A REVIEW AND COMPARATIVE ANALYSIS OF PREPAREDNESS IN PRINCE GEORGE’S COUNTY, MARYLAND

Author/Creator ORCID

Date

2022

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Department

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Citation of Original Publication

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Abstract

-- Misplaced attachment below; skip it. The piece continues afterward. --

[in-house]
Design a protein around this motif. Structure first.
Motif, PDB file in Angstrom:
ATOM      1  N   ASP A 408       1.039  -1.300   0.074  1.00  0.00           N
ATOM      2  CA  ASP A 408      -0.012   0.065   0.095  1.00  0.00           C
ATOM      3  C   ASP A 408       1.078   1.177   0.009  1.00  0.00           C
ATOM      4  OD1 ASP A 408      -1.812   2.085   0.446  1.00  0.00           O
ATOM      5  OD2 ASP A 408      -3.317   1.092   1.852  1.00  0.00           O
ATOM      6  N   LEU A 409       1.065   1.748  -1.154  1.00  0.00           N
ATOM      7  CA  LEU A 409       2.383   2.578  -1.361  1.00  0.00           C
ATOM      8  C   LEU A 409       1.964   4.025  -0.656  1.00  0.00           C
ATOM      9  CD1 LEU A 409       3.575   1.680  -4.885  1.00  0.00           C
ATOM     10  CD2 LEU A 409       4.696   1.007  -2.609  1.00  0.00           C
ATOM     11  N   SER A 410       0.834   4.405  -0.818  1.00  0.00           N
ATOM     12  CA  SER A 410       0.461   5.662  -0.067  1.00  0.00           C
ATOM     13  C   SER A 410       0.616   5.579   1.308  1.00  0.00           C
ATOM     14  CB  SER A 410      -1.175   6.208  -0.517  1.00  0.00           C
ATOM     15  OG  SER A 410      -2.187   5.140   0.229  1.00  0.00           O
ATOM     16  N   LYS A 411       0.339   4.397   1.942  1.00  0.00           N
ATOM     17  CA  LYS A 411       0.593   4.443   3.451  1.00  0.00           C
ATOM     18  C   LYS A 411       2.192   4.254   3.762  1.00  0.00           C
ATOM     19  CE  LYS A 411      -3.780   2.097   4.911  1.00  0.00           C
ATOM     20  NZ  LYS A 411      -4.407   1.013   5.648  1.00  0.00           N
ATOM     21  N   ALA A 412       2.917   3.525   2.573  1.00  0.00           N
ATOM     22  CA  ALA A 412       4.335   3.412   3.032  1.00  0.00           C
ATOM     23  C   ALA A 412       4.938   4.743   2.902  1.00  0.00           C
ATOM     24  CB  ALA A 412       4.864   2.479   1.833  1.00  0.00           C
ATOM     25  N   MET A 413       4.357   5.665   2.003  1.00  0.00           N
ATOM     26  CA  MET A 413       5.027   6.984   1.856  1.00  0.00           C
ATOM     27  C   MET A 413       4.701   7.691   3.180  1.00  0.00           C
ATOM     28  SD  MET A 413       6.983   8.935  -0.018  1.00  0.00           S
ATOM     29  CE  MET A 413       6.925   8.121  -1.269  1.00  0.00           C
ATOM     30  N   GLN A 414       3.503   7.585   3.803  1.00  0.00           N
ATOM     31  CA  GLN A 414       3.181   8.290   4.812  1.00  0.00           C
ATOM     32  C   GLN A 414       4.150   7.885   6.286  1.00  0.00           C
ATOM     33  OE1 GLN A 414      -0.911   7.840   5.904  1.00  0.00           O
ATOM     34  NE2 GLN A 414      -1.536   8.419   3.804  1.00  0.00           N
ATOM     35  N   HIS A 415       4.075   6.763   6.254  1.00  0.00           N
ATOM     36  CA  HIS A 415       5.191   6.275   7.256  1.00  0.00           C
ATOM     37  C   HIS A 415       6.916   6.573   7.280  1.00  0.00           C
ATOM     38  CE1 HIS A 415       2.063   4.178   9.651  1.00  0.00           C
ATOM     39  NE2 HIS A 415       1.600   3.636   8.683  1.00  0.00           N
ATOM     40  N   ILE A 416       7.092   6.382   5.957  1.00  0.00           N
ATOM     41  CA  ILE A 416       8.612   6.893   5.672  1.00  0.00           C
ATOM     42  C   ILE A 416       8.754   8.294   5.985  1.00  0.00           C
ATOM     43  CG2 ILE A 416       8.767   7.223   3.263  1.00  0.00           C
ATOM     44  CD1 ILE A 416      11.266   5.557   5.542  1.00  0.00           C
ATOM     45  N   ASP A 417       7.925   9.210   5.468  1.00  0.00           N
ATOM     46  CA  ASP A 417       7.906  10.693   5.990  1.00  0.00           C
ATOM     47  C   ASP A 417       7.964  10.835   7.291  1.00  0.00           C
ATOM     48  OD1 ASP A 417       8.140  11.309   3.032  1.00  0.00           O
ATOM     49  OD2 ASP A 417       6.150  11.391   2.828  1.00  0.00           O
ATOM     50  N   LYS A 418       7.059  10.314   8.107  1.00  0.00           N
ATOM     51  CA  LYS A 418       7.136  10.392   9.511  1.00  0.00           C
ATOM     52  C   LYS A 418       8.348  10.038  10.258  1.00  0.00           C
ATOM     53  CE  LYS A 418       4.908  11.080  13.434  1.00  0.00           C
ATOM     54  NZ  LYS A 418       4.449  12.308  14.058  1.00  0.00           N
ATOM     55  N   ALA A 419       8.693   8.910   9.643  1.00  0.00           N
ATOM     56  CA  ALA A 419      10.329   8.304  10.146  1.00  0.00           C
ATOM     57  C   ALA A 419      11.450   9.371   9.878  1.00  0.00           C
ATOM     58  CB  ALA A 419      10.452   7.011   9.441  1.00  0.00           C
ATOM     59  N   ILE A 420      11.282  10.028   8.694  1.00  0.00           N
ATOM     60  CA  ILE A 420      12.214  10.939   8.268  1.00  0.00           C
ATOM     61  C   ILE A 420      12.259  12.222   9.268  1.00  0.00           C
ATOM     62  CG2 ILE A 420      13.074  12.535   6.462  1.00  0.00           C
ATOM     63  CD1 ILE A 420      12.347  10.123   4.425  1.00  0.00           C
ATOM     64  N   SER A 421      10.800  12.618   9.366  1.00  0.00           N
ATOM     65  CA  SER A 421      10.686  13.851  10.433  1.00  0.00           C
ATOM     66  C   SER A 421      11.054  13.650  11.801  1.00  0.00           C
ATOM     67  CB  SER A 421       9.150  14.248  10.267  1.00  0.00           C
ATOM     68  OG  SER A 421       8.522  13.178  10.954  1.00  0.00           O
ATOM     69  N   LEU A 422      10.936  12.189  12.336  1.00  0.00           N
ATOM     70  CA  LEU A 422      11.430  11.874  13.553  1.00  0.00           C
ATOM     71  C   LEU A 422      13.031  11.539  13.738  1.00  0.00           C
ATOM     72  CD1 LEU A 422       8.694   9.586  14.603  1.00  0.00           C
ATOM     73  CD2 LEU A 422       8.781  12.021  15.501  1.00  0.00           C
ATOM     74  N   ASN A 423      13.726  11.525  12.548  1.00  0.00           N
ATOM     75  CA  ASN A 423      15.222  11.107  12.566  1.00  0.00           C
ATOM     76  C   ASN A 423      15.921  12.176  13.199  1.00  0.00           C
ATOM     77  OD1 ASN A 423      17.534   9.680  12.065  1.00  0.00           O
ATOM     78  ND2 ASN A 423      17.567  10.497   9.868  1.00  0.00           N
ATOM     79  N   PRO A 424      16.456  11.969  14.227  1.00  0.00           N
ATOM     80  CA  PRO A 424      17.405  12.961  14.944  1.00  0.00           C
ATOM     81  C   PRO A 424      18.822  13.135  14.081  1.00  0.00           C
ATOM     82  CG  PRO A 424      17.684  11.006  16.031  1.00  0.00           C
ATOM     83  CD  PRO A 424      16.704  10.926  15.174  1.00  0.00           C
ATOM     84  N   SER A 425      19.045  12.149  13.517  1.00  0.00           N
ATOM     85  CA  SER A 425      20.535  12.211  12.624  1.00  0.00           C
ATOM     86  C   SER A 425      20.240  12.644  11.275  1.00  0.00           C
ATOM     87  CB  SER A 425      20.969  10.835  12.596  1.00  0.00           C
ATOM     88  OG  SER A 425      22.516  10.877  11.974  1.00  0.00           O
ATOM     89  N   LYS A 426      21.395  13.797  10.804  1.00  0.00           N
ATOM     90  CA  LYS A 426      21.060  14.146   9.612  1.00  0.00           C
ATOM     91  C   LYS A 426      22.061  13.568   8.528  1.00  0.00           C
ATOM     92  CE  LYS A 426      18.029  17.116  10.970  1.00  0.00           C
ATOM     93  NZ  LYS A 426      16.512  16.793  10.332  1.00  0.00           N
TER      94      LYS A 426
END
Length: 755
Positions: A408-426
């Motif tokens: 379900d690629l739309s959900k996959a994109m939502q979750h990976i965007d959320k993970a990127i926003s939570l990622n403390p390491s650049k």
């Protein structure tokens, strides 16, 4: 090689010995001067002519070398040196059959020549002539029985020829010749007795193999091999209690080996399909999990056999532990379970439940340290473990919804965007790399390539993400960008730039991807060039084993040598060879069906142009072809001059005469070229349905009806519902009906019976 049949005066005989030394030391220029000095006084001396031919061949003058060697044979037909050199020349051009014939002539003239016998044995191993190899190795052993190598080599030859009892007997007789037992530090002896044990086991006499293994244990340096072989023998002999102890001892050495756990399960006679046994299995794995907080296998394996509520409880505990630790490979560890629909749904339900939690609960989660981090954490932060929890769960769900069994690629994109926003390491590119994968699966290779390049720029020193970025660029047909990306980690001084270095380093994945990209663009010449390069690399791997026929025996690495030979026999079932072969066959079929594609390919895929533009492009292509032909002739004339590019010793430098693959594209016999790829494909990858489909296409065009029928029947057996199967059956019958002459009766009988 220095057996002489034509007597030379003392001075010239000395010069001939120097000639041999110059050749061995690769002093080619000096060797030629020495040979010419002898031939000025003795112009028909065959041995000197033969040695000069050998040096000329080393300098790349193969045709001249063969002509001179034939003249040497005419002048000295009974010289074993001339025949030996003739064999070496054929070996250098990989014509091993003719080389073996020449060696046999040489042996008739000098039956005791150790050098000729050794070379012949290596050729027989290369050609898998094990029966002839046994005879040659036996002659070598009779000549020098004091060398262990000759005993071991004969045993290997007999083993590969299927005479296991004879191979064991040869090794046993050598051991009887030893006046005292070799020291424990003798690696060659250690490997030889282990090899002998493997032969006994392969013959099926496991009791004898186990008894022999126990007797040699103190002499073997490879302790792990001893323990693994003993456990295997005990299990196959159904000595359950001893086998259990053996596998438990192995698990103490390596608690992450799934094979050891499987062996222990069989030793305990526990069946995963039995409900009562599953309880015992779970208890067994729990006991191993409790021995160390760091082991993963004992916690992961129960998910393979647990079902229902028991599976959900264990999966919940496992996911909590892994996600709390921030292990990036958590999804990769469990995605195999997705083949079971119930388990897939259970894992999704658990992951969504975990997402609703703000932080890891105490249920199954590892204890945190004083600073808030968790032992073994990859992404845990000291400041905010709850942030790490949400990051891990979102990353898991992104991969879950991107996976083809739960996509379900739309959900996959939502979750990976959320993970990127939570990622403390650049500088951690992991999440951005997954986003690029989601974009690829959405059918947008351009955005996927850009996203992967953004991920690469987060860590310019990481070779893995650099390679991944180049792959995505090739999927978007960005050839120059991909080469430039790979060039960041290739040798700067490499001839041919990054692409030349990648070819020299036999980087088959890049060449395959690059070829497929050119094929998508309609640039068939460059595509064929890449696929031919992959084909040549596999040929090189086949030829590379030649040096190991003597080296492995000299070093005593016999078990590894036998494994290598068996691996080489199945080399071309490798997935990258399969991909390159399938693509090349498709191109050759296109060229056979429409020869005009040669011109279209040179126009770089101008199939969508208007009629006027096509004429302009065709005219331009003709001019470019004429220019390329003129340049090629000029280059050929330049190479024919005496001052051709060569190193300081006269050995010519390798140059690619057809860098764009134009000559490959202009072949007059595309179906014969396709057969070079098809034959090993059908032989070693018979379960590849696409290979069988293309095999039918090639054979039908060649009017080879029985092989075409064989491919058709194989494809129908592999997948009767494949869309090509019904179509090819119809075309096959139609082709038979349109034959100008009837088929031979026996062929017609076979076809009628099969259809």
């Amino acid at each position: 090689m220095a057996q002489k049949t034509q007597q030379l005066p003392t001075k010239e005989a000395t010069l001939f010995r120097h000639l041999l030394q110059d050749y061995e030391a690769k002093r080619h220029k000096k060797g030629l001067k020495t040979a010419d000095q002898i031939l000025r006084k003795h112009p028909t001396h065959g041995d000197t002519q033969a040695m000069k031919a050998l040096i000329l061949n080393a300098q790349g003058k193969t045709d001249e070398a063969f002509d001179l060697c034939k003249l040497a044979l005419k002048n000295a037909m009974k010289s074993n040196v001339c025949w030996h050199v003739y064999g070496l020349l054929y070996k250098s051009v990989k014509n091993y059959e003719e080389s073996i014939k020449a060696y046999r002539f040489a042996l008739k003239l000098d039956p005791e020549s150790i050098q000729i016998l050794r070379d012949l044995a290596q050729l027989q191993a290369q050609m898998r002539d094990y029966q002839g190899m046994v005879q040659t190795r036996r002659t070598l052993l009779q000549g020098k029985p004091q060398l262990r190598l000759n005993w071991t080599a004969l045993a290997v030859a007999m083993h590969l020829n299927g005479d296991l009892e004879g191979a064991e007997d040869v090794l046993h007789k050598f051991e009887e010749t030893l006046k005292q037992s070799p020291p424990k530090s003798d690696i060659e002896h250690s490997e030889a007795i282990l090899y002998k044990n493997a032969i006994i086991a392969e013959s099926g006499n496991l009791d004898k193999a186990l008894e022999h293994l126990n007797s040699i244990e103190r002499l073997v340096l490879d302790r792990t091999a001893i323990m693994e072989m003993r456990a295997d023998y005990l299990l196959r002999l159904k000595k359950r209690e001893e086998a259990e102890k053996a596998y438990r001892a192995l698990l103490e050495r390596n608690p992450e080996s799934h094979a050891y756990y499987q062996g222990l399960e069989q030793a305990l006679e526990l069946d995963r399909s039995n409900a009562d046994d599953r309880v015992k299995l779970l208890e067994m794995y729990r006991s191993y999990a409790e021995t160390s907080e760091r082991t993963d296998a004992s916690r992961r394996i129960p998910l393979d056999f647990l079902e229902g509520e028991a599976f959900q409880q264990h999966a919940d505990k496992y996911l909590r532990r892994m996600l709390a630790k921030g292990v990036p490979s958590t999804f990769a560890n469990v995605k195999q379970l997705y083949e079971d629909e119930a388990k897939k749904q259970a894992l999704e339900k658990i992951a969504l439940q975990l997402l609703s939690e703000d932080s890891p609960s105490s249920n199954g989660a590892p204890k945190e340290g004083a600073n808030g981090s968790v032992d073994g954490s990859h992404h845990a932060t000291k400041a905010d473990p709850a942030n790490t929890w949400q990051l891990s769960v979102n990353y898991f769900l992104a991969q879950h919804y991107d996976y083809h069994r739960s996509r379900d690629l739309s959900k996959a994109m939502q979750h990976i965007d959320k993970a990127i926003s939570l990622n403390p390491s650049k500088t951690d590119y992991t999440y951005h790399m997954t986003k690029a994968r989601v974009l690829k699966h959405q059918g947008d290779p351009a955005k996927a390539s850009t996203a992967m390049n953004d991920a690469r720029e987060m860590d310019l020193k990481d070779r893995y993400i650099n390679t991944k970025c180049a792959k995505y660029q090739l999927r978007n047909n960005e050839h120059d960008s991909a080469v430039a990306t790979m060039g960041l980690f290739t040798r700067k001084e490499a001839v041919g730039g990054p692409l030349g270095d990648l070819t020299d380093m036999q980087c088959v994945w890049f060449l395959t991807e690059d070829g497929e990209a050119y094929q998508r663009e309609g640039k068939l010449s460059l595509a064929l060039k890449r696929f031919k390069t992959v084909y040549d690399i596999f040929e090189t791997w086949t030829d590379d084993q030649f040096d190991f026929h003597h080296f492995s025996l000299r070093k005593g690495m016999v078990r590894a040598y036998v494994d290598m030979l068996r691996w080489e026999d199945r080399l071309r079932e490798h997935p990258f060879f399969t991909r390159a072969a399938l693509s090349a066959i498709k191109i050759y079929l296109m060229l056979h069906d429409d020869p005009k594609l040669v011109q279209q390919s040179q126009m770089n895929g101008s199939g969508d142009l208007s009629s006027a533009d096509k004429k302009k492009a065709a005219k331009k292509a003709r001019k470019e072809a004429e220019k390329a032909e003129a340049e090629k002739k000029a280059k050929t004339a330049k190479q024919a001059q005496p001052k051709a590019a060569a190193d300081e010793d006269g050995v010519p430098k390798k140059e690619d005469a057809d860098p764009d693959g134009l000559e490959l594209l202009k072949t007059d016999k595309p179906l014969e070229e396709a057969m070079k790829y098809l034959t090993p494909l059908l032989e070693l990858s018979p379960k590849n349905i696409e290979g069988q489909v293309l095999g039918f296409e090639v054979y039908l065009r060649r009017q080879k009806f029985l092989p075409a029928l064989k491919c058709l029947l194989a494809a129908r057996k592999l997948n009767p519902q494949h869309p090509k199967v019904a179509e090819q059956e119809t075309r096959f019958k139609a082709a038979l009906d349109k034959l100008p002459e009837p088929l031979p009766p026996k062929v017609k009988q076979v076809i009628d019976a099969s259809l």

Natural disasters have become more common, where there was an average of 5.4 disasters a year in the 2000s that increased to an average of 10.5 in the last decade. Since the year 2000, the State of Maryland has had just under 20 federal disaster declarations. Prince George’s County had 12 disaster declarations, where the majority were attributed to hurricanes and snowstorms. The threats and hazards vary across the county, and across the state of Maryland. With that, the Federal Emergency Management Agency (FEMA) requires jurisdictions across the country to complete a Threat and Hazard Identification and Risk Assessment (THIRA) every three years to ensure emergency plans/planning processes take into consideration jurisdiction specific hazards. The data from the THIRA also helps to inform preparedness efforts taken within a jurisdiction. As instances of natural disasters continue to increase across the nation, it is more important than ever to ensure that citizens are prepared for natural disasters.